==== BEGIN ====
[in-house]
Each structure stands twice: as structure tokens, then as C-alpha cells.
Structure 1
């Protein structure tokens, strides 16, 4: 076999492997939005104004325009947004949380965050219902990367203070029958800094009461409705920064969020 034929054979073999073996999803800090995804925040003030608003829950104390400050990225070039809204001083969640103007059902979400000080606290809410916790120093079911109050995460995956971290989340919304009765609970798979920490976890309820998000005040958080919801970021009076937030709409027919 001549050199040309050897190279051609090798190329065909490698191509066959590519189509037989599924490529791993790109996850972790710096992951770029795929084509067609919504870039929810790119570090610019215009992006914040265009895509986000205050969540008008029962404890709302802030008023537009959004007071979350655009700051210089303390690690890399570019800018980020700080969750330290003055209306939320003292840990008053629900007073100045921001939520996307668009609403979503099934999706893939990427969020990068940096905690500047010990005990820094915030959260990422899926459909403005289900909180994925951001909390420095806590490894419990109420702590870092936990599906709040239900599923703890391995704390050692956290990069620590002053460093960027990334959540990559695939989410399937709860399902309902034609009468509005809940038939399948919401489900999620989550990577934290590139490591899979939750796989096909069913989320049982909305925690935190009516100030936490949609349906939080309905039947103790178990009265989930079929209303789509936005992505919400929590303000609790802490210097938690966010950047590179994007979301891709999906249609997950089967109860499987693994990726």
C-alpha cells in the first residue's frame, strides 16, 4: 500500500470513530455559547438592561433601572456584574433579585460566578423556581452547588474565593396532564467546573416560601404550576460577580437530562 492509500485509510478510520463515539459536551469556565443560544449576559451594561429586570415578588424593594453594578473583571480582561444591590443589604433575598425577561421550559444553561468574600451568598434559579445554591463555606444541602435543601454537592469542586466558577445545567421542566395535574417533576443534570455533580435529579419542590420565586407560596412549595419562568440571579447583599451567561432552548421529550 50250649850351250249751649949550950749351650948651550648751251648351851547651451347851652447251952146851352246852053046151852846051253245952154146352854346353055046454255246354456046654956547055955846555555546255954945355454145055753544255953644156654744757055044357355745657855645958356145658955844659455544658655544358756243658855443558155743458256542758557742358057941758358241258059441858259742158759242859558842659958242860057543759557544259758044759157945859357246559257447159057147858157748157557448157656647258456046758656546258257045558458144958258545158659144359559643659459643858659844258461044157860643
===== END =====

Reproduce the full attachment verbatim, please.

[in-house]
Each structure stands twice: as structure tokens, then as C-alpha cells.
Structure 1
């Protein structure tokens, strides 16, 4: 076999492997939005104004325009947004949380965050219902990367203070029958800094009461409705920064969020 034929054979073999073996999803800090995804925040003030608003829950104390400050990225070039809204001083969640103007059902979400000080606290809410916790120093079911109050995460995956971290989340919304009765609970798979920490976890309820998000005040958080919801970021009076937030709409027919 001549050199040309050897190279051609090798190329065909490698191509066959590519189509037989599924490529791993790109996850972790710096992951770029795929084509067609919504870039929810790119570090610019215009992006914040265009895509986000205050969540008008029962404890709302802030008023537009959004007071979350655009700051210089303390690690890399570019800018980020700080969750330290003055209306939320003292840990008053629900007073100045921001939520996307668009609403979503099934999706893939990427969020990068940096905690500047010990005990820094915030959260990422899926459909403005289900909180994925951001909390420095806590490894419990109420702590870092936990599906709040239900599923703890391995704390050692956290990069620590002053460093960027990334959540990559695939989410399937709860399902309902034609009468509005809940038939399948919401489900999620989550990577934290590139490591899979939750796989096909069913989320049982909305925690935190009516100030936490949609349906939080309905039947103790178990009265989930079929209303789509936005992505919400929590303000609790802490210097938690966010950047590179994007979301891709999906249609997950089967109860499987693994990726």
C-alpha cells in the first residue's frame, strides 16, 4: 500500500470513530455559547438592561433601572456584574433579585460566578423556581452547588474565593396532564467546573416560601404550576460577580437530562 492509500485509510478510520463515539459536551469556565443560544449576559451594561429586570415578588424593594453594578473583571480582561444591590443589604433575598425577561421550559444553561468574600451568598434559579445554591463555606444541602435543601454537592469542586466558577445545567421542566395535574417533576443534570455533580435529579419542590420565586407560596412549595419562568440571579447583599451567561432552548421529550 50250649850351250249751649949550950749351650948651550648751251648351851547651451347851652447251952146851352246852053046151852846051253245952154146352854346353055046454255246354456046654956547055955846555555546255954945355454145055753544255953644156654744757055044357355745657855645958356145658955844659455544658655544358756243658855443558155743458256542758557742358057941758358241258059441858259742158759242859558842659958242860057543759557544259758044759157945859357246559257447159057147858157748157557448157656647258456046758656546258257045558458144958258545158659144359559643659459643858659844258461044157860643